1000 E. University Ave.
Laramie, WY 82071-2000
I feel nothing but gratitude for the fantastic opportunity I was given at UW. Not only did my time there help me develop my career as a geologist, but it also helped me develop as a person, and taught me what it means to be able to take on a large project and complete it. I got to study really cool stuff, work with wonderful advisors, become an expert operator of a Scanning Electron Microscope (SEM), and my studies even took me on a trip to Cyprus one summer! Now I'm a professional petroleum geologist and I couldn't have done it without my graduate degree from UW.
After finishing my MS at UW, I left the world of research to write a book about geology for general audiences. I’d been a dedicated rock climber for many years and I saw a natural parallel between geology and climbing. The end product was “Flakes, Jugs, and Splitters: A Rock Climber’s Guide to Geology,” published by Falcon Guides in 2009, and winner of a Banff Mountain Book Award that same year.
The successes of my first book led me to the field of Informal Science Education: a catch-all profession that advances public understanding of science in out-of-school settings, including science-related books, films, museum exhibitions, and community programs. These days, I work as a science education consultant and project director, working one-on-one with scientists, schools, museums, and media production companies to develop educational and entertaining products related to Earth and environmental science. I’m currently curating a museum exhibition about the geology of New Hampshire and its effects on tourism and recreation and I’m writing a field guide to rocks and minerals for the National Geographic Society. Never a dull moment!
My flexible career has also allowed me to continue to climb at a high level. In the past two years I’ve led expeditions to Greenland, Thailand, Jordan, Malawi, and Mozambique, and I work with the American Alpine Club to develop community programs for climbers in the Northeastern U.S.
After graduating I accepted a tenure track position at Cal Poly San Luis Obispo's physics department. As a seismologist this has been very cool because I get to interact with both Physics and Earth Science majors on campus in both teaching and research. A couple of things that stick out in my mind about my time in the UW geophysics program are the opportunities for geophysical field work I had and the freedom to zero-in on topics for research I was really interested in. I think my being experienced in geophysical field work played an important role in obtaining my current position at Cal Poly. In fact, the research projects while at UW are still some of my favorite memories.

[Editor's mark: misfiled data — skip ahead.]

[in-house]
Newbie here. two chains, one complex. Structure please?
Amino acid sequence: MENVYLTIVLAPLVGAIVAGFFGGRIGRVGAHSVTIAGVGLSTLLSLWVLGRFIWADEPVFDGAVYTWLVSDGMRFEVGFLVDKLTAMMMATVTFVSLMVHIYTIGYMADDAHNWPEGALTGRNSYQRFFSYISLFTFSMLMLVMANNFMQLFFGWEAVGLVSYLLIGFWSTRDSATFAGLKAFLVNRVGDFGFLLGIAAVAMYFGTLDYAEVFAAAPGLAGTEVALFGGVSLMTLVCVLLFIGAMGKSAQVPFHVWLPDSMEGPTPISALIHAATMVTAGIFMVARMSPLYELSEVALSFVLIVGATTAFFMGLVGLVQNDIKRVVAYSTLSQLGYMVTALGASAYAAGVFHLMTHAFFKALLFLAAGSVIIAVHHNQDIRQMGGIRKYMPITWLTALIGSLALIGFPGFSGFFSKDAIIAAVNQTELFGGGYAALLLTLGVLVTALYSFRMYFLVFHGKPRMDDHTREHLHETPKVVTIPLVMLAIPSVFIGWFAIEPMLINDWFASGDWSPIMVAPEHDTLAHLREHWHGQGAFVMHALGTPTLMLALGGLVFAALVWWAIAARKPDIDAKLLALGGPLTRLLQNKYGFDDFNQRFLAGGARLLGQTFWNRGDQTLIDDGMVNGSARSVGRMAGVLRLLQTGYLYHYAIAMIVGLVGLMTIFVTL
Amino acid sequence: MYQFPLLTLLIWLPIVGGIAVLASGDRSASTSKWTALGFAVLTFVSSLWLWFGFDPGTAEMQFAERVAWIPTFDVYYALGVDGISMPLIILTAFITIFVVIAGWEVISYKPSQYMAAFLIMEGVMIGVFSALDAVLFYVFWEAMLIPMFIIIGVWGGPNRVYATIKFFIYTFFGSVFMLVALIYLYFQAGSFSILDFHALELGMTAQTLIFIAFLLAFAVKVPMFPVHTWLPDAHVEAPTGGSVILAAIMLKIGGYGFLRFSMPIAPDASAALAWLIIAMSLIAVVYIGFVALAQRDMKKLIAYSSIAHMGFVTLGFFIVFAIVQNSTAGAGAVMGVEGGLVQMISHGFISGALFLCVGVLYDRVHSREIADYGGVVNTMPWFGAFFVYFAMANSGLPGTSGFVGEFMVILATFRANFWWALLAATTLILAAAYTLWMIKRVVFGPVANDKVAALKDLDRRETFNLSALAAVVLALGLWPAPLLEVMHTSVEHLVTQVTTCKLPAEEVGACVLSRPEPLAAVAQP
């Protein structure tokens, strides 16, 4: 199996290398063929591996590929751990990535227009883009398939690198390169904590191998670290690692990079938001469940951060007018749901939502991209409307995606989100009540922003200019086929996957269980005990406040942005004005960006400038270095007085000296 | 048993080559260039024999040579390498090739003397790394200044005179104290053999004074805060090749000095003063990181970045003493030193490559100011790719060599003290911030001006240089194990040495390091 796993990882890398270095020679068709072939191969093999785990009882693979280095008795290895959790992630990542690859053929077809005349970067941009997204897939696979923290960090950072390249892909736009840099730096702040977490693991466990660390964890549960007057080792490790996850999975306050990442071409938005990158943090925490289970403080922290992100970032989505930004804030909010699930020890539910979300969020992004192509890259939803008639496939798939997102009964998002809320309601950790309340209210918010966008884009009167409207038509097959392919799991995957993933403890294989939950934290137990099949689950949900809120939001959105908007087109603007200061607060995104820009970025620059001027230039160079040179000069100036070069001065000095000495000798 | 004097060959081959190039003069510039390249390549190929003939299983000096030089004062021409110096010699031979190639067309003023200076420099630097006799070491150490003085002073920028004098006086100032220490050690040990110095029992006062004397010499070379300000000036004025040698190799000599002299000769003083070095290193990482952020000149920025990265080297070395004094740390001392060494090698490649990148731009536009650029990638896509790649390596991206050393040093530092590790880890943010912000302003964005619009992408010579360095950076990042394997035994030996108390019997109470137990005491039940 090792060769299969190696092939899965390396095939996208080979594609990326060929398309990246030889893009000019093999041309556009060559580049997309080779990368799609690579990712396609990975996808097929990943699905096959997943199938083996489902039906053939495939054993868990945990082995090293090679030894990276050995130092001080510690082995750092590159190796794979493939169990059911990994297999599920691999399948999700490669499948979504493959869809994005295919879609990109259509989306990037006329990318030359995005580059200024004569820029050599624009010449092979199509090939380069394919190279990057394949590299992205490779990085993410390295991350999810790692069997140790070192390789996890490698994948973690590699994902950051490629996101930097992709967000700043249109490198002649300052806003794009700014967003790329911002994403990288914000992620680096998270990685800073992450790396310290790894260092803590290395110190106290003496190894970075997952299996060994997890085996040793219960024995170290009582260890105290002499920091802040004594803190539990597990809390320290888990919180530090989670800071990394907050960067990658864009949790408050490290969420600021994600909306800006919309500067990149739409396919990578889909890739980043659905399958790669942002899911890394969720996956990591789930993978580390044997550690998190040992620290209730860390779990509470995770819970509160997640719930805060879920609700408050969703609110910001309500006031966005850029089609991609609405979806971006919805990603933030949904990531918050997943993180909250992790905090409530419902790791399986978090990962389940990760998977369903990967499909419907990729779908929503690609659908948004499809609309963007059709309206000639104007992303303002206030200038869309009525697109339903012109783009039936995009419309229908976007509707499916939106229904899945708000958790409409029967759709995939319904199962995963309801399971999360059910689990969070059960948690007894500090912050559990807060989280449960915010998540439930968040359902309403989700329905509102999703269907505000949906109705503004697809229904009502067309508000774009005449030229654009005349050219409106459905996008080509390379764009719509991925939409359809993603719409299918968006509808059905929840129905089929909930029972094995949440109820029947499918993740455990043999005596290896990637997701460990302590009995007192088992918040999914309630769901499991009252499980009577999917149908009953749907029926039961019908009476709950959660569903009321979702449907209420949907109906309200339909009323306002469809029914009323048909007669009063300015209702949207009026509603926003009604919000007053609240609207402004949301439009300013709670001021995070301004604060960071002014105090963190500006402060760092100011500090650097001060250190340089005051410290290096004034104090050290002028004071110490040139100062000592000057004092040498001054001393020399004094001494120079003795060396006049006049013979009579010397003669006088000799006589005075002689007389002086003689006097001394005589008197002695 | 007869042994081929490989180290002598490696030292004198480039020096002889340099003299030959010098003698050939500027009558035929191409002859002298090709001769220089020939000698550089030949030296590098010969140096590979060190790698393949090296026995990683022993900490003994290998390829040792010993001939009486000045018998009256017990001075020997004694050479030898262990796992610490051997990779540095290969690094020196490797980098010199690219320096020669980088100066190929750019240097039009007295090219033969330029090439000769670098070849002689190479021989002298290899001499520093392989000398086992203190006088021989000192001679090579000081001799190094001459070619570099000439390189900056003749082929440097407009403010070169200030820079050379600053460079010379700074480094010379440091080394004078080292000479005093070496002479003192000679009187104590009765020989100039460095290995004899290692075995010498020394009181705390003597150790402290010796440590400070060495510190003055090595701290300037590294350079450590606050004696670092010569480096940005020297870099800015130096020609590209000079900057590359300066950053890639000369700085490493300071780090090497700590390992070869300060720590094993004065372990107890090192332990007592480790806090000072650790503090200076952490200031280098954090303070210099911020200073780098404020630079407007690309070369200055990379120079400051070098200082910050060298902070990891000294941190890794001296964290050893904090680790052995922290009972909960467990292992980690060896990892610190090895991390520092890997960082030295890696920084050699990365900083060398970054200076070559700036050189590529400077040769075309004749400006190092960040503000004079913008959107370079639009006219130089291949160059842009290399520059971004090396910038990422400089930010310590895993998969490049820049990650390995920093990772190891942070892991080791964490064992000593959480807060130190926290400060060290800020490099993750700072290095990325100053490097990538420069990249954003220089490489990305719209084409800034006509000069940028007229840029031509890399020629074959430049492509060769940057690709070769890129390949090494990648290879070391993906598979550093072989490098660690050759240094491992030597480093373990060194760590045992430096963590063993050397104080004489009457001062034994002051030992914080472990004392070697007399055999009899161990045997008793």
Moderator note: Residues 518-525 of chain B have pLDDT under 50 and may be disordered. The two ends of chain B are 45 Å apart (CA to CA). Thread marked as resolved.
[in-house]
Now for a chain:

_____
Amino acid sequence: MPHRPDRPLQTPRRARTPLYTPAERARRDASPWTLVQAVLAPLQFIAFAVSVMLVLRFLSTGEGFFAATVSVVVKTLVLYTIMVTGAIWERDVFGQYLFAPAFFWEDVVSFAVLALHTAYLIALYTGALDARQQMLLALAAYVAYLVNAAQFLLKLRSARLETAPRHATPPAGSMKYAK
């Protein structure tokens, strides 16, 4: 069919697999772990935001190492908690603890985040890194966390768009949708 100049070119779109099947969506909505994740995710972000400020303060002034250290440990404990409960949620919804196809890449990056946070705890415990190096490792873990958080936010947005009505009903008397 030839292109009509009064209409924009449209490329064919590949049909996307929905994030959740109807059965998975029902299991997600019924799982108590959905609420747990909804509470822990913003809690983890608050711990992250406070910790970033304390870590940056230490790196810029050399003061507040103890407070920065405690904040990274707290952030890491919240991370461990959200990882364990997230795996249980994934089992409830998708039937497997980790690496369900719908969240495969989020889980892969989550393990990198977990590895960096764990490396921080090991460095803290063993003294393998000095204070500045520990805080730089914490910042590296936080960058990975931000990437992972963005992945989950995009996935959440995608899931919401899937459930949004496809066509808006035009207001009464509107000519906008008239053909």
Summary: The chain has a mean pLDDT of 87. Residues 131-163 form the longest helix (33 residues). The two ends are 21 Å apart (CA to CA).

I have worked in the oil and gas industry since I graduated from UW, living in Oklahoma, Texas, Venezuela, and Alaska. Travel is one of the reasons I chose a career in geology and I also had the opportunity as an undergraduate to work on seismic projects throughout the United States (Minnesota, Washington, Oregon, Nevada, Arkansas and Montana) and Russia with Dr. Scott Smithson. My thesis work was closer to home in the Rock Springs Uplift but what I have found from my travels was that some of the best outcrop exposures in the world are right in Wyoming’s backyard and I continue to run field trips there for ConocoPhillips geoscientists.
Since graduating from UW I have held faculty positions at Eastern Connecticut State University and now at Bennington College, a small liberal arts college in Vermont. As the only geology member faculty at Bennington, I need to develop courses and teach across many geology sub-disciplines in order to offer a coherent Earth Science curriculum. My geology curriculum must also work in conjunction with the other sciences and serve diverse student interests and needs at a very small college.
I found the UW G&G faculty to be highly supportive and demanding. The program emphasizes developing research skills from the very first semester and requires even beginning graduate students to be active participants in research seminars. Many of the courses that I took during the program allowed me to apply questions from my dissertation research to class and lab projects. The Department also has strong industry connections, from which many students that I knew developed career opportunities. I found that the industry connections also helped give the program a window into practical problems and applications, rather than purely academic pursuits.